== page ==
Leadership Experience Assignment Help.
In regards to Cultural Communication and Creativity:
Discuss/analyze four major conceptual blocks (from Whetten and Cameron)
Whetten CH03.pdf(Pages 167 to 191)
Why do these blocks occur in organizations in the first place?
What can leaders do to promote communication-based creativity?
Construct and provide an “action plan”, which addresses various block issues, and possible solutions.
A MS Word document is required, 12 pt. font (no script font)
*5 pages minimum (page numbers please)
*Introduction with definitions
*Discussion of each topic with opposing viewpoints, where applicable.
*Reference Page (APA format, 7 sources)
Leadership Experience Assignment Help.
Critical and creative thinking skills rank amongst the top level of a human cognitive development as they are extremely relevant in the achievement of success in today’s fast-paced world. In practice, however, the more formal education and work experience individuals have the lesser creativity they exhibit in problem-solving. Experience in a work environment often leads to what is commonly referred to as ‘proper and time-tested ‘ways of doing things which are as a result of specialized knowledge and rigidity of expectations which leads to the loss of the ability or willingness to experiment, improvise or even take mental detours (Whetten & Cameron,2002,164 ).
Since problems are part of work and life, it’s important to figure out how best to solve them. The goal of a problem-solving exercise, therefore, would be to overcome obstacles that hinder critical and creative thinking and come up with solutions that best solve the problem. Such obstacles in problem-solving parlance are what is called conceptual blocks and can be defined as those concepts that hinder a person from creatively arriving at creative solutions to their problems. They come in the form of either pre-established or preconceived methods or actions that result in clumsy and unsatisfactory solutions. The four major conceptual blocks, according to Whetten and Cameron (2002) are constancy, commitment, compression and complacency. They are discussed below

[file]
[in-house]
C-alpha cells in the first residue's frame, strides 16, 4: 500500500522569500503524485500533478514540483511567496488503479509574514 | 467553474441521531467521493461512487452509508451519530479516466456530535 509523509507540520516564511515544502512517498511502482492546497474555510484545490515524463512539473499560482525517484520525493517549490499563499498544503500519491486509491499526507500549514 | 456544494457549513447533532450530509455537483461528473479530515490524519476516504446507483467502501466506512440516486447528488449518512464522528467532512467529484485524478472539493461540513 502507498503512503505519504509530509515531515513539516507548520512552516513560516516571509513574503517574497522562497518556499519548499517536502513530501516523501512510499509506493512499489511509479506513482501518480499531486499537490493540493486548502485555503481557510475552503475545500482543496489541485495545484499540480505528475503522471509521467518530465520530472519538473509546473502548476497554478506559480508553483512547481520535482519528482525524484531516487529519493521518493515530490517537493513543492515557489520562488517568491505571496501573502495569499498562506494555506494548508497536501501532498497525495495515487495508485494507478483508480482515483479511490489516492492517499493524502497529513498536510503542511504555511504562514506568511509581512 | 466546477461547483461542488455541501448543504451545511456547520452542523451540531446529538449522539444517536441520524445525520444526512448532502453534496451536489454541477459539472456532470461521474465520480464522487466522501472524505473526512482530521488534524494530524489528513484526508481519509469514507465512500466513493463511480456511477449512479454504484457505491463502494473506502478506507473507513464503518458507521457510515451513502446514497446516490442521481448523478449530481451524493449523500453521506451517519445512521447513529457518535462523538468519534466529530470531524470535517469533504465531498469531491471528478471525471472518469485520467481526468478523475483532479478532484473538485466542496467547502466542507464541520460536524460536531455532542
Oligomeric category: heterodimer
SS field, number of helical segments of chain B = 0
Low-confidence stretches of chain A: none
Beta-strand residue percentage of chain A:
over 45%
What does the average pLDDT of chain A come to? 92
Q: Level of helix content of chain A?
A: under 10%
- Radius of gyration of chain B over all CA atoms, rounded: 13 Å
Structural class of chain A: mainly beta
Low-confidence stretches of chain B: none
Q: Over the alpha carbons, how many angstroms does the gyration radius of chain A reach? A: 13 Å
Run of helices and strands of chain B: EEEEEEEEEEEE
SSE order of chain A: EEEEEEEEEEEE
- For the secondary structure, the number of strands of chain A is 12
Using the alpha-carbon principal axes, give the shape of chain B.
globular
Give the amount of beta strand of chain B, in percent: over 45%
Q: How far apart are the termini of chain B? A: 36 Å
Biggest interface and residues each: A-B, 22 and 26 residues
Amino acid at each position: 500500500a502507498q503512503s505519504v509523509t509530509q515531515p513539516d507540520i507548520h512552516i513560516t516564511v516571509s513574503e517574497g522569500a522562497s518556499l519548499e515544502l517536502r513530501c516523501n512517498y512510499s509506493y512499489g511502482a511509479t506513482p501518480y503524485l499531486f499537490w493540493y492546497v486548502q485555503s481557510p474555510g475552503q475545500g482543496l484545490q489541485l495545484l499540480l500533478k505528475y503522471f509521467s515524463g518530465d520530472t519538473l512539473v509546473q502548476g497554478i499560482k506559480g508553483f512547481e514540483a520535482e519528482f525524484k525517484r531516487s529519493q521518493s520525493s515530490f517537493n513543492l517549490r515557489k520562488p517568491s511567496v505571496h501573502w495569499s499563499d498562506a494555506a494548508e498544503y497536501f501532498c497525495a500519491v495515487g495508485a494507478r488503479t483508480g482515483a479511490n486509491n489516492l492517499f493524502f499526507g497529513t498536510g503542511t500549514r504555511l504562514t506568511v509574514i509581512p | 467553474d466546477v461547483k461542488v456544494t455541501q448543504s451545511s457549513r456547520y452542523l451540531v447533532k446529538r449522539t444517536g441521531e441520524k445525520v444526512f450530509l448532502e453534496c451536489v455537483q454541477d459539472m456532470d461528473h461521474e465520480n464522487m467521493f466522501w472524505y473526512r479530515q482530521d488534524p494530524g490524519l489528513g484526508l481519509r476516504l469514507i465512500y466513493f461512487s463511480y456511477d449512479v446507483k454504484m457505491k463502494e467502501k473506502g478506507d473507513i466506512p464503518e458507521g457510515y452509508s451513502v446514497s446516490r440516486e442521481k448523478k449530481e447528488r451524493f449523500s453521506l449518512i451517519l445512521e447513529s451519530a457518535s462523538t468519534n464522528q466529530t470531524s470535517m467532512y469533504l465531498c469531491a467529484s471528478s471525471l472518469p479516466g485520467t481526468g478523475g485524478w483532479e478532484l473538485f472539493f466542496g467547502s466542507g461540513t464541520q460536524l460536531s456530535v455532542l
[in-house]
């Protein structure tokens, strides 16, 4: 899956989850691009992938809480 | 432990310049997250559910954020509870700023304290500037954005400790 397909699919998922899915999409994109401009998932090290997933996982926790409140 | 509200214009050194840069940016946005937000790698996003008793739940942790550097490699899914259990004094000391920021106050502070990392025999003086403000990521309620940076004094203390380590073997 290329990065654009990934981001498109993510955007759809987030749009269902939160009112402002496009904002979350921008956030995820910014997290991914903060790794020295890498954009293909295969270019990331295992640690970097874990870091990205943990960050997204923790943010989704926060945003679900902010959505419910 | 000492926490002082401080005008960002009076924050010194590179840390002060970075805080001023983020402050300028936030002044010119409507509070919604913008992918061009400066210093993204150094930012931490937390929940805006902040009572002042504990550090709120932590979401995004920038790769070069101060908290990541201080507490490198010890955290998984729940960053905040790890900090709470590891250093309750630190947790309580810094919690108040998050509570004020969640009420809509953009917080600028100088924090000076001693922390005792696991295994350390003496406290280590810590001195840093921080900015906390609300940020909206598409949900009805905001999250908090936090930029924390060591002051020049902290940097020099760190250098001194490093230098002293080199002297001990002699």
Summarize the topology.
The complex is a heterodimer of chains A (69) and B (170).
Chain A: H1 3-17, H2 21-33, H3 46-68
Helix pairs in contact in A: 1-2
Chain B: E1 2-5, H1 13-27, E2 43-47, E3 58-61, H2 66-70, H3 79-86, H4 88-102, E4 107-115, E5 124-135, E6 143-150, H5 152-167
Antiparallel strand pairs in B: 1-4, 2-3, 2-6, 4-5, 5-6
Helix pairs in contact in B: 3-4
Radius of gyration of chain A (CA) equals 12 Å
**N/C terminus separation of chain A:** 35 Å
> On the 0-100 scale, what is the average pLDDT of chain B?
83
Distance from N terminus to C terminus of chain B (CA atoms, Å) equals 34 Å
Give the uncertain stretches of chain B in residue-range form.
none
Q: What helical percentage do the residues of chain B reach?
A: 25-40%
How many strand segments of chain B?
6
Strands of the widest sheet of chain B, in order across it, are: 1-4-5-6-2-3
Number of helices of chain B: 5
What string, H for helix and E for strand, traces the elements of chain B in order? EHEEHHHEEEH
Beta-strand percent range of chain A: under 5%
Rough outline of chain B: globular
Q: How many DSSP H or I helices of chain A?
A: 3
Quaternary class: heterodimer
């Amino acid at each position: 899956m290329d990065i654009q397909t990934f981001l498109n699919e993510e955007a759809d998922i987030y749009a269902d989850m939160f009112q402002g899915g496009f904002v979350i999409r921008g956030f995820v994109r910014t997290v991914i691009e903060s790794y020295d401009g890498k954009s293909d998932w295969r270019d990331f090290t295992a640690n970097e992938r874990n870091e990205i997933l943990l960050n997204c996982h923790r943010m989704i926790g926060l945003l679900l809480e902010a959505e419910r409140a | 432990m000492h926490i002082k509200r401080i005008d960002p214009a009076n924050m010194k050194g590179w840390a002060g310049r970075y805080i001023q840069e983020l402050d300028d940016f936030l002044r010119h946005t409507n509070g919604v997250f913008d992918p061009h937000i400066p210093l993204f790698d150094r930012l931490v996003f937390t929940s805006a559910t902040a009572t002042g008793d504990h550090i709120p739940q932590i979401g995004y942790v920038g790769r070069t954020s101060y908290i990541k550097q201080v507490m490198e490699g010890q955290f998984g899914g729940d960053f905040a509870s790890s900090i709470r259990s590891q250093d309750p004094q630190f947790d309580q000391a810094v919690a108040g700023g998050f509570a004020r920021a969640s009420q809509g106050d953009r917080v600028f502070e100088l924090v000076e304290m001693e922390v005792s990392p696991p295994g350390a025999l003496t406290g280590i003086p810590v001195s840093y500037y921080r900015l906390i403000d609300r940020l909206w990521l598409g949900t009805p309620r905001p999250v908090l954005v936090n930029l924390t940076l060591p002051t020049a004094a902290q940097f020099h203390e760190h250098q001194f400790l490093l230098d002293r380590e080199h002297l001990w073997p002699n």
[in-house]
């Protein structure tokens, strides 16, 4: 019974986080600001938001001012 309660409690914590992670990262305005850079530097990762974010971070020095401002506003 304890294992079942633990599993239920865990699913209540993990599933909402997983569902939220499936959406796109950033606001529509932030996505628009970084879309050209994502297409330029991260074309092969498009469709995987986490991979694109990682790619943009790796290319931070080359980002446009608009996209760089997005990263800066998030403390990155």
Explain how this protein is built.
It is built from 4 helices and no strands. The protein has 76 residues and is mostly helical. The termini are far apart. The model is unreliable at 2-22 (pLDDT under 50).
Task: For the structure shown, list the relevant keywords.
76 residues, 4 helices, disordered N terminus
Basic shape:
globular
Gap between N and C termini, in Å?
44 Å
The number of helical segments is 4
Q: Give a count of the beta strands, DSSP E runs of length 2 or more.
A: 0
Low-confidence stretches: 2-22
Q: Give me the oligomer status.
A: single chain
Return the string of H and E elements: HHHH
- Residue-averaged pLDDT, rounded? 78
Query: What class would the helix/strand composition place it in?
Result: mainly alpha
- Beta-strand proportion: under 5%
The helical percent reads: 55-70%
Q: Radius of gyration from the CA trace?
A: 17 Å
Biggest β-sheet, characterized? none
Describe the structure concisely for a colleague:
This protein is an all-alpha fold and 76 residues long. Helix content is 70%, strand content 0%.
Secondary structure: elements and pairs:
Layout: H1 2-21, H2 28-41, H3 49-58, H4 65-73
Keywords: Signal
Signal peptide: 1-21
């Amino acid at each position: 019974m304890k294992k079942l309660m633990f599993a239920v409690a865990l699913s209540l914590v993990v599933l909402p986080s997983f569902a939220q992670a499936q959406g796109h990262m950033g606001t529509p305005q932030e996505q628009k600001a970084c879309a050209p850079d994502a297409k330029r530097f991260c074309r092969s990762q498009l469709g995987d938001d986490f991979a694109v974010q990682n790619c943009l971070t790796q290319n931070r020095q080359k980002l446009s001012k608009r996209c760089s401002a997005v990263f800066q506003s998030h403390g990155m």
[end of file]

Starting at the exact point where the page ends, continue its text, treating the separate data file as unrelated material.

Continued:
Whetten and Cameron (2002, 168) defines constancy as the act of looking at a problem in only one way, or using only one method or approach to define, describe and/or solve a problem. It’s a very common approach and highly valued attribute often associated with honesty, maturity and even intelligence in some cases. However, as Whetten and Cameron (pg 168) observes, consistency is prone to driving out critical thinking and creativity in problem-solving. Once we learn how to solve a particular problem, we are prone to using the same method to solve any future similar problems as it becomes increasingly difficult to ignore such a proven solution and try others especially if such solutions have worked in the past. We continue to reuse such solutions until they become ineffective, and that is when creativity and critical thinking becomes an important tool. Constancy arises in either vertical thinking- failure to consider alternative ways of defining or solving solutions or single thinking language- the failure to appreciate non-verbal cues (emotions, gestures, imagery and symbols) as part of problem-solving